Many arguments have been given, pro and con. Those defending the employment of mothers forward the following arguments. Mothers are needed in industry, if it is to fulfill its vital part in the war effort. Our country, they say, is facing a crucial shortage of labor, and about the only resources we have are the able and willing mothers. Besides as a practical matter the employment of mothers is entirely feasible. The individual community normally can provide whatever child-care facilities are needed and the economical support obtained by it is very desirable. Such employment will even help to reduce the percentage of juvenile delinquency. Those opposing it advance these arguments: There is no need for a general policy of employing mothers. They say in the first place that we are not fully and efficiently using the services of those already engaged in War Industries as a source of workers. Moreover, we have not yet fully employed women other than mothers. They also advocate that women with children, as a group, make the least dependable source of workers. Finally, such is bound to mean inadequate care for their children, even if adequate care could be provided. The result of such improper care we see before our own eyes in the increased juvenile delinquency.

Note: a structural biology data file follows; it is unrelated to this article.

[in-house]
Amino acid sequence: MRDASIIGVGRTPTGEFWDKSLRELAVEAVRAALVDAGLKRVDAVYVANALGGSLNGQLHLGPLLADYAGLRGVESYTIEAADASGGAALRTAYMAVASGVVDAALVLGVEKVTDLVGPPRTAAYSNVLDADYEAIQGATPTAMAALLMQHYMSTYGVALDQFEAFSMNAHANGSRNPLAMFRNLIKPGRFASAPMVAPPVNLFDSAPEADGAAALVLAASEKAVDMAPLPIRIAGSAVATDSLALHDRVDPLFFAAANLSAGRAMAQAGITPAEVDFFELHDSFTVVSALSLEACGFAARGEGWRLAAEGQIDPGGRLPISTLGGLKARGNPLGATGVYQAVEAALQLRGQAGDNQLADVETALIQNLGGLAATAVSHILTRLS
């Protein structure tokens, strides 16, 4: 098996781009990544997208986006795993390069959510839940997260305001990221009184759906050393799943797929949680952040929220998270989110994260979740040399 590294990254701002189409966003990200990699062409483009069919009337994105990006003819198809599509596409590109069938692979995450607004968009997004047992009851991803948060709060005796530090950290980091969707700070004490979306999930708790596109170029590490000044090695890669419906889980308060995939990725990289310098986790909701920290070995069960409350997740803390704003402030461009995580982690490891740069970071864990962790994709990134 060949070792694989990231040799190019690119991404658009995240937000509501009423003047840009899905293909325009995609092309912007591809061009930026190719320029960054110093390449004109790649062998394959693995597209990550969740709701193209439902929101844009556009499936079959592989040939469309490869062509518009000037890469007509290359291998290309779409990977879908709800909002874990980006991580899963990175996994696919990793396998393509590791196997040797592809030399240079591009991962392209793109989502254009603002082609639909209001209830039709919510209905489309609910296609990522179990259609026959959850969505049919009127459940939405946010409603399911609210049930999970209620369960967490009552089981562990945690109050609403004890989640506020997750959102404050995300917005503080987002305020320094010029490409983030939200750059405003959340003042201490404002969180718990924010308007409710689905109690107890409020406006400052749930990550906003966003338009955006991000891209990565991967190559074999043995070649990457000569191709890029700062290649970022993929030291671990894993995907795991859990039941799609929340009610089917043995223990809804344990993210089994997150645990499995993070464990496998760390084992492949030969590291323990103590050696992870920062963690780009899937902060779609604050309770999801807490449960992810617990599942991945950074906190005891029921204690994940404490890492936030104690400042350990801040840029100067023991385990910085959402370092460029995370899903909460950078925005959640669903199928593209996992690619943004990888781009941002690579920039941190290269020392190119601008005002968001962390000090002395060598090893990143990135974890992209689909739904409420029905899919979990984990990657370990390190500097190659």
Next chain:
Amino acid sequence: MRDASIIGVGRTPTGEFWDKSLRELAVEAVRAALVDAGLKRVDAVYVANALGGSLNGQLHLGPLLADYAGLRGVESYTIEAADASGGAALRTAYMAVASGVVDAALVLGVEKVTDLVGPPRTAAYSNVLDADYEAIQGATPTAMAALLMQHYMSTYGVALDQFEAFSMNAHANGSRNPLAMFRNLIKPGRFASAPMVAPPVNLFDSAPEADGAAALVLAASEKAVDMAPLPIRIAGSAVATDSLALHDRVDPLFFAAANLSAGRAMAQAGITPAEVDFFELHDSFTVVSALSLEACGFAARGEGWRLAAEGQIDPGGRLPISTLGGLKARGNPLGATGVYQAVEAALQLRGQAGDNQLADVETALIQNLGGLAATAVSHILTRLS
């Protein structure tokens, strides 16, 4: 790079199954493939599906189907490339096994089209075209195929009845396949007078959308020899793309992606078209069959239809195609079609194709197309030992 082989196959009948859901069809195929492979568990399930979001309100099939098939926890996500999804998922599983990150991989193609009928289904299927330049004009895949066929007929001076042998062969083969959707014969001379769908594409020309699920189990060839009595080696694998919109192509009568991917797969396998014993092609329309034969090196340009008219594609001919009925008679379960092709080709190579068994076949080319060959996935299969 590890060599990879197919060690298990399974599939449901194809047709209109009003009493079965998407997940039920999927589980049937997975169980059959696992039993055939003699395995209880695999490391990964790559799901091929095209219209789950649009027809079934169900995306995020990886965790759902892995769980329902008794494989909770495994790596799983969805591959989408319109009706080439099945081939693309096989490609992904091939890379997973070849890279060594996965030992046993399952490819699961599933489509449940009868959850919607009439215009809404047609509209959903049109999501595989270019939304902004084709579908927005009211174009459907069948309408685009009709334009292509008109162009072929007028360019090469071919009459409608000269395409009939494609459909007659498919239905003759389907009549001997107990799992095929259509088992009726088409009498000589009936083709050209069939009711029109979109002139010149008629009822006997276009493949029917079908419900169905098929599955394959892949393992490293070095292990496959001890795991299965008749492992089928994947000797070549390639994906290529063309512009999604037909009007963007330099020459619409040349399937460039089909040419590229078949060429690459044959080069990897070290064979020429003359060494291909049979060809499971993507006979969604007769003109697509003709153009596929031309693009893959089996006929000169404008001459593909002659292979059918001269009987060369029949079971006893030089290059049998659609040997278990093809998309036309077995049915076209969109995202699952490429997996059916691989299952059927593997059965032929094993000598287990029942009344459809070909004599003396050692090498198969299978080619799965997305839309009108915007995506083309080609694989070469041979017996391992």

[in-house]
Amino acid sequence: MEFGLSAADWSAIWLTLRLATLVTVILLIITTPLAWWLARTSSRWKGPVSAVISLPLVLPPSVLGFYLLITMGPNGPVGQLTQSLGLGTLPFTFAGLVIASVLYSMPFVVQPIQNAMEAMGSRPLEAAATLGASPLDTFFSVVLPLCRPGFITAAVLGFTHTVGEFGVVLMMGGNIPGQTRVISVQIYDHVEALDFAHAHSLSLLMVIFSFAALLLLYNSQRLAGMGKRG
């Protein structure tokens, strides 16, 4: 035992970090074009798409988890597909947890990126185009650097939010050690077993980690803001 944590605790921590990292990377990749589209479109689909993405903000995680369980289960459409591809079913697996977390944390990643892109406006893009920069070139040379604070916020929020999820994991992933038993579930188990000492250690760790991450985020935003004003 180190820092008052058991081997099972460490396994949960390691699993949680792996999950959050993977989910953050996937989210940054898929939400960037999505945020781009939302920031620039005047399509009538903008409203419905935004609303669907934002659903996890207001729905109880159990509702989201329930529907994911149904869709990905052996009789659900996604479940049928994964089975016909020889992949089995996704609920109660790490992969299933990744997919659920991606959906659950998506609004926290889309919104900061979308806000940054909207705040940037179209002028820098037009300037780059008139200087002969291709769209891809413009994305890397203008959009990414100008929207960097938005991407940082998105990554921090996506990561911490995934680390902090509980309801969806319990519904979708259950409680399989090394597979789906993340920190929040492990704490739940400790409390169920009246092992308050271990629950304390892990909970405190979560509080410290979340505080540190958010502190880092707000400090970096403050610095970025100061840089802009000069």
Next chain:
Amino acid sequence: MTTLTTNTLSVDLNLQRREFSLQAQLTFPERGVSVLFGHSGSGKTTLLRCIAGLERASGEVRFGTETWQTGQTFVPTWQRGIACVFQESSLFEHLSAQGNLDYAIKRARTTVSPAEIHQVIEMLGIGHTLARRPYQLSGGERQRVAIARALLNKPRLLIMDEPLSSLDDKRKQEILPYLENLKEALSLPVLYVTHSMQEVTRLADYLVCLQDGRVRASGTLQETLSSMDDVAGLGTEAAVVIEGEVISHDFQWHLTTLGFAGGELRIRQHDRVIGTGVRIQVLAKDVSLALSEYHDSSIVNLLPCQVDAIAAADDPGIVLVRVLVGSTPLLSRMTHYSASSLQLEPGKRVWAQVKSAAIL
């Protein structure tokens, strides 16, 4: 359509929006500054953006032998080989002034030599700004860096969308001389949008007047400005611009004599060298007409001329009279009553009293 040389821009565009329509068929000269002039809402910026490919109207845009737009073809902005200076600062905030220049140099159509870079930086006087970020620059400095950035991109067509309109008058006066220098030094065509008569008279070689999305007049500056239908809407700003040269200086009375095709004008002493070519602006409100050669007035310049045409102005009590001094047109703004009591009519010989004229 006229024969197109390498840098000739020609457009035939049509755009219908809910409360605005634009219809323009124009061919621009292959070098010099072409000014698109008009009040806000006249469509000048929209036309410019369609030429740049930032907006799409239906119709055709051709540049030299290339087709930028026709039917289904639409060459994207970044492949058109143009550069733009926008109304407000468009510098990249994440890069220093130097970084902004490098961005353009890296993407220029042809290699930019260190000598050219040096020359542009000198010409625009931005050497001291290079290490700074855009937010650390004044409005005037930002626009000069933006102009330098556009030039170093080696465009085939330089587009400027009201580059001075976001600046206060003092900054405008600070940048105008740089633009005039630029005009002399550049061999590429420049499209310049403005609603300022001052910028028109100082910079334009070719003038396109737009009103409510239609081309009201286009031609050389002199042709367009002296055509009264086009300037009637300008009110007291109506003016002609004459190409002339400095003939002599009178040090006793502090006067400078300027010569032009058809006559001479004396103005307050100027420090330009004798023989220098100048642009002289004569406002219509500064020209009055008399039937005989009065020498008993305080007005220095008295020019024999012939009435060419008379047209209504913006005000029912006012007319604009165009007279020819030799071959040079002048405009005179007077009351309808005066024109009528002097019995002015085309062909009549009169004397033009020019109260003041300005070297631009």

We could give many more of their arguments, but the above will suffice to show us how the people at large view these things from a purely natural viewpoint. We naturally agree with the latter. This, to my mind, must become evident from the pure utilitarian viewpoint. The resulting evils and deficiencies of the employment of mothers of which we read in almost every paper is most natural. It would be a wonder if there were no increase in juvenile delinquency. The children of teenage need mother’s care just as much as the younger ones. Think of all the sex immorality and corruption found among this group. Take mother out of the home and you undermine the basis of all society, state and government. Nevertheless millions are seeking the solution to their problems in having others care for their children. By trying to suppress one evil across the ocean they cause many more to arise in their own homes.